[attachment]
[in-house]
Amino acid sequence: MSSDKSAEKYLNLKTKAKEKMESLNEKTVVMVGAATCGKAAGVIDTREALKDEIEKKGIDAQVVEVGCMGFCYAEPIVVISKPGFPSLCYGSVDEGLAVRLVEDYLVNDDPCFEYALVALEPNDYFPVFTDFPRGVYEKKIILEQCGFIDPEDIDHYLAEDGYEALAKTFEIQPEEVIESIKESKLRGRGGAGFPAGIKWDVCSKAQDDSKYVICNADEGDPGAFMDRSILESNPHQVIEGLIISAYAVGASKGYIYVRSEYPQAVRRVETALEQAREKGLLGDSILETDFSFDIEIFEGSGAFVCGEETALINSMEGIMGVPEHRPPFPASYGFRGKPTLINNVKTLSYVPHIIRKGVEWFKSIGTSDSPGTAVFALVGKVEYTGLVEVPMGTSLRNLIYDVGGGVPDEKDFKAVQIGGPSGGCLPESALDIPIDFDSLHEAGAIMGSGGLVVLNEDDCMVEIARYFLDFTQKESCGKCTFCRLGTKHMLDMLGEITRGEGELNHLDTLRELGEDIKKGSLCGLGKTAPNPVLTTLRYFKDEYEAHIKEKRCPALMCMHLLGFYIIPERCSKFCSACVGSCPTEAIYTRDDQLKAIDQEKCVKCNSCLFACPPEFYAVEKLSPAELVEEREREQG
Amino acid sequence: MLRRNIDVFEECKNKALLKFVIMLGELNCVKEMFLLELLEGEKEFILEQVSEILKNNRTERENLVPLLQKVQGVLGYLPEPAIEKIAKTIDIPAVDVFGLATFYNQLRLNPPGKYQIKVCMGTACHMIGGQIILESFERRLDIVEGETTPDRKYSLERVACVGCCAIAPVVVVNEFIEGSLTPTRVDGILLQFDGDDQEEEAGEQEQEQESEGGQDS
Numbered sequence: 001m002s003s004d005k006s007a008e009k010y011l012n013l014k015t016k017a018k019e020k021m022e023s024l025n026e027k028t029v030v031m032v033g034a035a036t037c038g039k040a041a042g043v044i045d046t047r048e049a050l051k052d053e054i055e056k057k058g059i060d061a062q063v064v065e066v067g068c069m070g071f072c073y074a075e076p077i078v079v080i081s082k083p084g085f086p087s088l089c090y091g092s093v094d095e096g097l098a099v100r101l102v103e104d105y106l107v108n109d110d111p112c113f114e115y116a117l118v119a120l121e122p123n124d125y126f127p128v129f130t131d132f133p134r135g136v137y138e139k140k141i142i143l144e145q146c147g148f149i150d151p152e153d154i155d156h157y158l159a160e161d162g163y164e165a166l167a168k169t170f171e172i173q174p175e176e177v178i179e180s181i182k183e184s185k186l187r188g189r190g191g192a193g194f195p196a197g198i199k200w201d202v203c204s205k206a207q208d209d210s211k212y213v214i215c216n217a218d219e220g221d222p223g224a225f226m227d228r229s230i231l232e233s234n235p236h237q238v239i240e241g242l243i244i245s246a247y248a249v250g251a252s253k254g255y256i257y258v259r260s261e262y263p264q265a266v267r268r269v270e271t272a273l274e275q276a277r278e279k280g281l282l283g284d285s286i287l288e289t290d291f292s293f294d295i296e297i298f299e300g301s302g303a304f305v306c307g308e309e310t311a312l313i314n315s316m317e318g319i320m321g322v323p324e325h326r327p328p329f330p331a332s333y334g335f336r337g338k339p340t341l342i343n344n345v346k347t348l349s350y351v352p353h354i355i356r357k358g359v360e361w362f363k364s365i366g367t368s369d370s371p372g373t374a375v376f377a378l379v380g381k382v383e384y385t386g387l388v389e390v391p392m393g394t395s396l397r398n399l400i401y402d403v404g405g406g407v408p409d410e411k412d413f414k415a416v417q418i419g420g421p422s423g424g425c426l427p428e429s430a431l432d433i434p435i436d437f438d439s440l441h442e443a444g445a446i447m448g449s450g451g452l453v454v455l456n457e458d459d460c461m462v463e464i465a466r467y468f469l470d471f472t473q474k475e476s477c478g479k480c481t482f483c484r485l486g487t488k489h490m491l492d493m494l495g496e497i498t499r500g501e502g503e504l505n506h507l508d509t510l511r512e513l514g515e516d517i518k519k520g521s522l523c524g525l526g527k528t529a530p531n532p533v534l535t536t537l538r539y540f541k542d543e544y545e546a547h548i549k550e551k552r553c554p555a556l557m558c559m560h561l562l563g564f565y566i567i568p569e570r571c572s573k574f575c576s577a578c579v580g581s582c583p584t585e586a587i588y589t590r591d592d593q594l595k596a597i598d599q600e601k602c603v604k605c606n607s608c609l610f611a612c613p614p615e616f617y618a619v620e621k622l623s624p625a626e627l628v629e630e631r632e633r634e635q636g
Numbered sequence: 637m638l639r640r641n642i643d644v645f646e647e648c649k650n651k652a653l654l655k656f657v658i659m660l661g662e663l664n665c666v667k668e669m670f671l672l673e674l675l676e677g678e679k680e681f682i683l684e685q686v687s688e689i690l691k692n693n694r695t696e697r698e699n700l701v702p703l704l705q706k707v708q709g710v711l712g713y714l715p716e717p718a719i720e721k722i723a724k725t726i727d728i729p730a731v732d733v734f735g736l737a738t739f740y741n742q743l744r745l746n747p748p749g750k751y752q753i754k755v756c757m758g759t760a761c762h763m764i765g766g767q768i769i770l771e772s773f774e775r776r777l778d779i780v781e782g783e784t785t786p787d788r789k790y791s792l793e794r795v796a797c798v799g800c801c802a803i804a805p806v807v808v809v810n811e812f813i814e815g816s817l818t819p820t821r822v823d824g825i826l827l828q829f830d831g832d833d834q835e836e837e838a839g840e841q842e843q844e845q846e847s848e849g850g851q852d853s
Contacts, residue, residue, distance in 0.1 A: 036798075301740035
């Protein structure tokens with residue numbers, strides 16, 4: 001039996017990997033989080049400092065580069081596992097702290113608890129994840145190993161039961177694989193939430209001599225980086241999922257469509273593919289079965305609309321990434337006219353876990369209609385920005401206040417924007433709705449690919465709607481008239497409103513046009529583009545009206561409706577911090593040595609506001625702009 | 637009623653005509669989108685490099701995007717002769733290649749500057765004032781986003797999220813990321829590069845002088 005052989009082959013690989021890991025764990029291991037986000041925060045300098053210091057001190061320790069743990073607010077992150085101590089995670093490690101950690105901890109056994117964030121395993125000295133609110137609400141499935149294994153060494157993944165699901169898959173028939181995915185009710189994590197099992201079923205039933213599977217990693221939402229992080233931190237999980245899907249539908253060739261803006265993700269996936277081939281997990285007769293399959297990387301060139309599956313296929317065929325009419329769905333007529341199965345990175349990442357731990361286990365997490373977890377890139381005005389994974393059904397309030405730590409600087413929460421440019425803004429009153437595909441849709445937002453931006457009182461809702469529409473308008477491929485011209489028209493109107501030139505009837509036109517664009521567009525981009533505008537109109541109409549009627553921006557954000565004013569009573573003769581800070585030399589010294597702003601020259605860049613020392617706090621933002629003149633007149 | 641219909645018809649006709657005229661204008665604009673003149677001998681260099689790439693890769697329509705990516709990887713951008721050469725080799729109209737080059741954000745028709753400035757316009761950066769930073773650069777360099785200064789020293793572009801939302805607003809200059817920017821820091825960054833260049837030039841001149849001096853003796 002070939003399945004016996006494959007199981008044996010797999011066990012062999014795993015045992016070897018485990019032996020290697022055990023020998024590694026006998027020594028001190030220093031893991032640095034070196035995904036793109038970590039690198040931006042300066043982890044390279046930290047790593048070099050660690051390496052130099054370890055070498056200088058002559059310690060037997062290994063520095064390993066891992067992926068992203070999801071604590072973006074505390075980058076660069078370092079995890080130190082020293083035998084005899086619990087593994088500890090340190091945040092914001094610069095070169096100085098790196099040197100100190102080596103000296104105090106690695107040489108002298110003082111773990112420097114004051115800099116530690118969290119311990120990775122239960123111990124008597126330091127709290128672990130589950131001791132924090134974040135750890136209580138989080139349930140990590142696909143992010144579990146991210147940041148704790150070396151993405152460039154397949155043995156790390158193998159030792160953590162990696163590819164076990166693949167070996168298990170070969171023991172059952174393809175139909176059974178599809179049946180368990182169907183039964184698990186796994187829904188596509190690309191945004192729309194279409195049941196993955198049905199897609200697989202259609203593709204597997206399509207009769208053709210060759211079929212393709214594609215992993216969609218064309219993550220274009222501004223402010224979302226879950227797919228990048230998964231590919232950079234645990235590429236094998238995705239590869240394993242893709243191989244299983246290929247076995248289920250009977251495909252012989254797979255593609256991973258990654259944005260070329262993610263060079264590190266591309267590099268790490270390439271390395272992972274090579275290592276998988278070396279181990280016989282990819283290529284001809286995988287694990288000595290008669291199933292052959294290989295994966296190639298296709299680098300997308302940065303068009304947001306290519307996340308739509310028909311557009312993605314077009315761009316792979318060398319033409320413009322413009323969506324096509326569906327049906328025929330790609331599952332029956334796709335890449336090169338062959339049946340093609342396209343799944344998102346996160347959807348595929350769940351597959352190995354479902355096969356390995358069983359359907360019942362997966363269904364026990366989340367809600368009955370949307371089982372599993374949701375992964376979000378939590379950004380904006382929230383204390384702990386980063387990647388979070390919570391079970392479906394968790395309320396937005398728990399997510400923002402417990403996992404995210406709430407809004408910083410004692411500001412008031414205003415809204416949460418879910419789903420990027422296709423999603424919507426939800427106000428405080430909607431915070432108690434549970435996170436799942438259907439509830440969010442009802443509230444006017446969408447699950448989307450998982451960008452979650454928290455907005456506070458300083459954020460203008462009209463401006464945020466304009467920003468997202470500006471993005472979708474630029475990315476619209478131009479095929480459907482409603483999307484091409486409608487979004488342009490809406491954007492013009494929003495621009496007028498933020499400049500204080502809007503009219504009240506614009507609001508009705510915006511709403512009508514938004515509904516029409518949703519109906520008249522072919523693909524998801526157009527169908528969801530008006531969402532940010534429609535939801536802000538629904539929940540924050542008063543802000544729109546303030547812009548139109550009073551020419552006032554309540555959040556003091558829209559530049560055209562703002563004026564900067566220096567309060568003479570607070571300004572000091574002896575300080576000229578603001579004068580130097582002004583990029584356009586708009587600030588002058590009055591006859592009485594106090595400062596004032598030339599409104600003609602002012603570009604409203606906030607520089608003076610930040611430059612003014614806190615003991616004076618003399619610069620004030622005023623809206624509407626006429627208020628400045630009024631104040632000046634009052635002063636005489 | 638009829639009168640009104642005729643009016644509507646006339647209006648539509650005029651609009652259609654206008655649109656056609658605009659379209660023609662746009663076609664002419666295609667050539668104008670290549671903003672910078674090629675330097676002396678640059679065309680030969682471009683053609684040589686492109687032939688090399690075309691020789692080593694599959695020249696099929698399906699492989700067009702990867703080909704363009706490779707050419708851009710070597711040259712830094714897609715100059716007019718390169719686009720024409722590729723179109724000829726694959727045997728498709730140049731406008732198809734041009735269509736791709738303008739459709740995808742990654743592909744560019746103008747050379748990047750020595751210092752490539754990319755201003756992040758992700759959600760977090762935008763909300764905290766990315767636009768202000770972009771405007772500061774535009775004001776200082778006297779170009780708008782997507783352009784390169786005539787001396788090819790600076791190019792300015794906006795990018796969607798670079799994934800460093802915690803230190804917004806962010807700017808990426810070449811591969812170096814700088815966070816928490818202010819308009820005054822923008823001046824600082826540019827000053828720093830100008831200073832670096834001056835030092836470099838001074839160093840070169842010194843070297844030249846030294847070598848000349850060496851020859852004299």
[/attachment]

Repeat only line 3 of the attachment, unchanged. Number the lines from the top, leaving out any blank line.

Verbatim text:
Amino acid sequence: MLRRNIDVFEECKNKALLKFVIMLGELNCVKEMFLLELLEGEKEFILEQVSEILKNNRTERENLVPLLQKVQGVLGYLPEPAIEKIAKTIDIPAVDVFGLATFYNQLRLNPPGKYQIKVCMGTACHMIGGQIILESFERRLDIVEGETTPDRKYSLERVACVGCCAIAPVVVVNEFIEGSLTPTRVDGILLQFDGDDQEEEAGEQEQEQESEGGQDS